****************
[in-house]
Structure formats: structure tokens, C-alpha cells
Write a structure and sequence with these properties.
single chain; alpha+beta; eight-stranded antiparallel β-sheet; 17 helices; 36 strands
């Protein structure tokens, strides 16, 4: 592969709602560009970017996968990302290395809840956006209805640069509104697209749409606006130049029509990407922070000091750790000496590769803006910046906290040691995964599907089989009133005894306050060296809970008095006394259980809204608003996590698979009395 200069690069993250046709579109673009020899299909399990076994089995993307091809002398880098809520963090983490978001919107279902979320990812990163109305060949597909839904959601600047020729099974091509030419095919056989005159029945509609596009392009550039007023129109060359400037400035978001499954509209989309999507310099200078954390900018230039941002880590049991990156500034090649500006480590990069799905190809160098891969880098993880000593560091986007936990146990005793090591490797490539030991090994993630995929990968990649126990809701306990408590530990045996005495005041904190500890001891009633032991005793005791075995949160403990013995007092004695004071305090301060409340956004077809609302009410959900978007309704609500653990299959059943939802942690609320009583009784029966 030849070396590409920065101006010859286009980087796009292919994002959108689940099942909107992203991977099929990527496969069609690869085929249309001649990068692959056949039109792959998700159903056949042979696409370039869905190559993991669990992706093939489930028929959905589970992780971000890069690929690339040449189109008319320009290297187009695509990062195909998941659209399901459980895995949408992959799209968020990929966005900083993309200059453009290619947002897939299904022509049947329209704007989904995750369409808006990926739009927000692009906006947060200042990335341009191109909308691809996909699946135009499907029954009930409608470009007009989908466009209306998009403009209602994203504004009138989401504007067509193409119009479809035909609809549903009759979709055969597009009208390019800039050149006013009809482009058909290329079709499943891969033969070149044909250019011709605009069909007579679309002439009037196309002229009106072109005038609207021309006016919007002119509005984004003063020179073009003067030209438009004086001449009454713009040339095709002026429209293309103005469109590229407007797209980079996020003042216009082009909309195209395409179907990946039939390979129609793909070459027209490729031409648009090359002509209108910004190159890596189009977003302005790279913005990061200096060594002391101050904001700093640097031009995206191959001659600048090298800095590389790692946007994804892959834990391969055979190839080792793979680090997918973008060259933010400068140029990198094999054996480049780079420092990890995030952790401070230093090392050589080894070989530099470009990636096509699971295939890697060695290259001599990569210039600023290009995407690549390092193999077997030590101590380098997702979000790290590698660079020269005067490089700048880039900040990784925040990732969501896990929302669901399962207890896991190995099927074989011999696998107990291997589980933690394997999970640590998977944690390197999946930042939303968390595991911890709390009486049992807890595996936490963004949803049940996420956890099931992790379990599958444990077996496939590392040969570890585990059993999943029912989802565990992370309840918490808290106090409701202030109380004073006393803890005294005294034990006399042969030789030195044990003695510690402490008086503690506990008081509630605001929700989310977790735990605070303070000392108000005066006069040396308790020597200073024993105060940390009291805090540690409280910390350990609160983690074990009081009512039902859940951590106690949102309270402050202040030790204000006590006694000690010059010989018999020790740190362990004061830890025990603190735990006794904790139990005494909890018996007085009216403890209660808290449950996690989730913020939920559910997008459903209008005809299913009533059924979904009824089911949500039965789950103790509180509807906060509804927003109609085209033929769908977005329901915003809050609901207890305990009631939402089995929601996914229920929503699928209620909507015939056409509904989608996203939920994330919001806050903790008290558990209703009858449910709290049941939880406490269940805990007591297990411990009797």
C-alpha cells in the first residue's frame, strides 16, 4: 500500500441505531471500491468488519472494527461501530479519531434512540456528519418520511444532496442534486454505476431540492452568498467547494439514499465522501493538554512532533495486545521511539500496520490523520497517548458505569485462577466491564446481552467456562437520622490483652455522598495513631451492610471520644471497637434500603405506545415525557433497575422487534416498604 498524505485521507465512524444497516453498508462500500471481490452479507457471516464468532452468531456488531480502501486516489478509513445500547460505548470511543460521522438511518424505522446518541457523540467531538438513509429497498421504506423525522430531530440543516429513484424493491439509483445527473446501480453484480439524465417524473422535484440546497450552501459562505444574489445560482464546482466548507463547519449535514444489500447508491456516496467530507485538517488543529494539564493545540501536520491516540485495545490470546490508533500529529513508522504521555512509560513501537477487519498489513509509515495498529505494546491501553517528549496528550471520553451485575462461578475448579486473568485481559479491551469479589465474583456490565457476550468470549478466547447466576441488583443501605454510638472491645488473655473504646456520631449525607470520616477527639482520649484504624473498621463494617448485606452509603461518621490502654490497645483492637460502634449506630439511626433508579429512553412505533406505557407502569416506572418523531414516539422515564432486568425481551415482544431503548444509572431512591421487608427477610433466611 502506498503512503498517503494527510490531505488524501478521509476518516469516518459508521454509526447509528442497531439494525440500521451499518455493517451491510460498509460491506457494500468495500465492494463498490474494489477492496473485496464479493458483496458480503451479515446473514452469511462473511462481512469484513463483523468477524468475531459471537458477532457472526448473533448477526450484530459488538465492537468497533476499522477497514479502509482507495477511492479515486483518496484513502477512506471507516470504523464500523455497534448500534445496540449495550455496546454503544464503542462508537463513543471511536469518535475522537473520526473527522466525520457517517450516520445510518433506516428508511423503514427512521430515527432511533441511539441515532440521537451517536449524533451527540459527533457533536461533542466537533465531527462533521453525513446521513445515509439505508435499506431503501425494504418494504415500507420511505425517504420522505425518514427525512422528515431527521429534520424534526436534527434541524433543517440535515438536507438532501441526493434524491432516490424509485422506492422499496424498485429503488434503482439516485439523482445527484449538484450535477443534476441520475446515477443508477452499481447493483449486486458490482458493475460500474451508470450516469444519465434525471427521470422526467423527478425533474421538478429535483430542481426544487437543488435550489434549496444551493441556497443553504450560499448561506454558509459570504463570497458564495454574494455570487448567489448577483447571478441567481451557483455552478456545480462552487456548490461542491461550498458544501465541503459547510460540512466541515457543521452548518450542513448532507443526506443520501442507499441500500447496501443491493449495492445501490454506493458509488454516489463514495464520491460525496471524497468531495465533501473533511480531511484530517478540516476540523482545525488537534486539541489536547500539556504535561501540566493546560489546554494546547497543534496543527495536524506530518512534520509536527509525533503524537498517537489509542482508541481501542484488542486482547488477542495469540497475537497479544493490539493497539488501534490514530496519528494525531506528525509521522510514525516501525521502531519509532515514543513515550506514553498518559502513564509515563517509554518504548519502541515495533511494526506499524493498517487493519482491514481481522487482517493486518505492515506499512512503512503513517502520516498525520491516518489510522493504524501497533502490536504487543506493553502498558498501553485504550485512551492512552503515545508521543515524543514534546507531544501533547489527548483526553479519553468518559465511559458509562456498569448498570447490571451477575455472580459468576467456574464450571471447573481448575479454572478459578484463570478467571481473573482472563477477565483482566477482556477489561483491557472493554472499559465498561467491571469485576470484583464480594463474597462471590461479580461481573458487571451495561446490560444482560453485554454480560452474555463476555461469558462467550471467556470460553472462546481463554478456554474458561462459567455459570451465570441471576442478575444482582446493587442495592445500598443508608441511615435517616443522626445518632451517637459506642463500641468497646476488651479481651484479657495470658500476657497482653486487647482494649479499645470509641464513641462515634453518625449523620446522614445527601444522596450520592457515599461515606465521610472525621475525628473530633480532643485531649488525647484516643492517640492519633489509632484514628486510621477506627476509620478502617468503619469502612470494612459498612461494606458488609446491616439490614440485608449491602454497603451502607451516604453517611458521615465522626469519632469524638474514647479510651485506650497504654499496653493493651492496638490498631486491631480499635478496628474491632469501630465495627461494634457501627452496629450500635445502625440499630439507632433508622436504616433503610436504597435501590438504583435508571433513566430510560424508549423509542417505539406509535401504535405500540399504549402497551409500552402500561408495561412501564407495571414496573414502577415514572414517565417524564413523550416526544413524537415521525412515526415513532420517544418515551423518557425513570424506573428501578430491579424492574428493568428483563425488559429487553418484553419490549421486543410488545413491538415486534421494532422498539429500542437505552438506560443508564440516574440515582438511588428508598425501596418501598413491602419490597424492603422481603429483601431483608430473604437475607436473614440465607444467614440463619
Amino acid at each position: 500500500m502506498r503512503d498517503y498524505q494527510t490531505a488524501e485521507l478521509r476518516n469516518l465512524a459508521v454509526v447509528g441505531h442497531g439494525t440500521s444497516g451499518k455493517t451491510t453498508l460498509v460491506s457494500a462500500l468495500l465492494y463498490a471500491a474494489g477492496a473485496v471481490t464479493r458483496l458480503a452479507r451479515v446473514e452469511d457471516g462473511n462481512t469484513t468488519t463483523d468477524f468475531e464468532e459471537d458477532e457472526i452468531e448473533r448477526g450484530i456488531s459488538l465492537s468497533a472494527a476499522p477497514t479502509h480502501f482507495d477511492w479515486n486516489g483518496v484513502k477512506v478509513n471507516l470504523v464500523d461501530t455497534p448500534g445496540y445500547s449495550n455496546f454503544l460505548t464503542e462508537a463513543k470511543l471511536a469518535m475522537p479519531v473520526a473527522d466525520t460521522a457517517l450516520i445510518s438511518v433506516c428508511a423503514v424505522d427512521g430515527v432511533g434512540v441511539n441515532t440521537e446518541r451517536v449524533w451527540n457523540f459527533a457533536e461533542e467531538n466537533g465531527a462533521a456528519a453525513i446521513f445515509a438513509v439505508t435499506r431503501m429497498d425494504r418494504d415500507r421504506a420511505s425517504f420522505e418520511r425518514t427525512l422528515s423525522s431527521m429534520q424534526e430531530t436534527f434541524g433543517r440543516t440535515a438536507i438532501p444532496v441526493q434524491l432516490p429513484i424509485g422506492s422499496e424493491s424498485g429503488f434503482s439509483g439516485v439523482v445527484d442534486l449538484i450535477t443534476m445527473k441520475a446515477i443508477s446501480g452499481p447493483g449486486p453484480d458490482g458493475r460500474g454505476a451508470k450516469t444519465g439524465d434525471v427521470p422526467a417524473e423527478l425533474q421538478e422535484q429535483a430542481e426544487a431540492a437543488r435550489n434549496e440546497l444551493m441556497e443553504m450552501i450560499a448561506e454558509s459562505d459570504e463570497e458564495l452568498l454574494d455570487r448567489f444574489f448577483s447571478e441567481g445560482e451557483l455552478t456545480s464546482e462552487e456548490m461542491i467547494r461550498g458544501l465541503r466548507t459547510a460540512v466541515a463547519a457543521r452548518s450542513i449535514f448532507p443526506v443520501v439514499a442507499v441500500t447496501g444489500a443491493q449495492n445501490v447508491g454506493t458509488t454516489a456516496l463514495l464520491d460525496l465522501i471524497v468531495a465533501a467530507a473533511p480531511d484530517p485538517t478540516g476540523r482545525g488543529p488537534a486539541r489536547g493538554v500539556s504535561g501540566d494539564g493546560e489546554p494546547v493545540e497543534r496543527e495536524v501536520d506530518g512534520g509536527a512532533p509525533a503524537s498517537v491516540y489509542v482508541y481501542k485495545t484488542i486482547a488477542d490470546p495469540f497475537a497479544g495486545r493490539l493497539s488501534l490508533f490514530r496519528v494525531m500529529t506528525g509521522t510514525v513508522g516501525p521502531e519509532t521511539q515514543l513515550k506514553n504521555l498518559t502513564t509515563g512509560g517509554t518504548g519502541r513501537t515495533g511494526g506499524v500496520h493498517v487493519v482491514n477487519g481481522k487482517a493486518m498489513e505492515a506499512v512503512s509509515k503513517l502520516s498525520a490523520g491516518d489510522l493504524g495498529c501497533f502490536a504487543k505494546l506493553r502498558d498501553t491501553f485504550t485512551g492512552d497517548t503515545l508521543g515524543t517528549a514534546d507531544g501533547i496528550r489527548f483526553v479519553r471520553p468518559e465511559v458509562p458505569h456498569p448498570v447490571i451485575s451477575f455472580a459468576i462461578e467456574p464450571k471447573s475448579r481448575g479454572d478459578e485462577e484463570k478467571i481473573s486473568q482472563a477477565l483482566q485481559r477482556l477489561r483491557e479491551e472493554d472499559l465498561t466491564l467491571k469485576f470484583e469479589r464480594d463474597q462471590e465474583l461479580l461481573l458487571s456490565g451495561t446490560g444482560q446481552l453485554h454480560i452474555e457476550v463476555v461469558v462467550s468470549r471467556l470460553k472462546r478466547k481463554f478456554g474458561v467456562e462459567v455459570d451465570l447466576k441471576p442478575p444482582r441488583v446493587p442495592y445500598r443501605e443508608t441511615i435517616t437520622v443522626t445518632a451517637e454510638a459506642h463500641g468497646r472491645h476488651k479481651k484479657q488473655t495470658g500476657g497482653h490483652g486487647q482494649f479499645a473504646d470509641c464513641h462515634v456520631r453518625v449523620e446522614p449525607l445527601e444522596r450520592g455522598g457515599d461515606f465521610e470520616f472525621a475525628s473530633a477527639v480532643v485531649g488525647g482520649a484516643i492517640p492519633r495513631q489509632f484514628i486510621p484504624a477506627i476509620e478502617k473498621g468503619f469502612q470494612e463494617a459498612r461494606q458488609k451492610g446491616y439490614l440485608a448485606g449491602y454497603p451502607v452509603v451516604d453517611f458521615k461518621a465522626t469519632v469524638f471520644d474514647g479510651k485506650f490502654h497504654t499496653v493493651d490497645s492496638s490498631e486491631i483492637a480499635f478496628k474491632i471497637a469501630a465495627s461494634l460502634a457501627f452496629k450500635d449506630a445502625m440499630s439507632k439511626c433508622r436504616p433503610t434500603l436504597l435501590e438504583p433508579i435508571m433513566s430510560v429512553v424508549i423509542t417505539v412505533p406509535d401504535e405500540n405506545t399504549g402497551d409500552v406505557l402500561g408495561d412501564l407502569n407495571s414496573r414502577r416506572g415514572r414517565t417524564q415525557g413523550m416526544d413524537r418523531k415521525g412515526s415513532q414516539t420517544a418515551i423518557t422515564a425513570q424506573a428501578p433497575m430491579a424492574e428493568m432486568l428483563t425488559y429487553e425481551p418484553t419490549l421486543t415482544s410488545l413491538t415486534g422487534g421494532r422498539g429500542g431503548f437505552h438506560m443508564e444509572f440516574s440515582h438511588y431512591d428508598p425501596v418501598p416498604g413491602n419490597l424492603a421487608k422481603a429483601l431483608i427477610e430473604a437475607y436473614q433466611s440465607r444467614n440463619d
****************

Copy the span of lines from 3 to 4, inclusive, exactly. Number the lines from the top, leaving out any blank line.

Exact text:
Write a structure and sequence with these properties.
single chain; alpha+beta; eight-stranded antiparallel β-sheet; 17 helices; 36 strands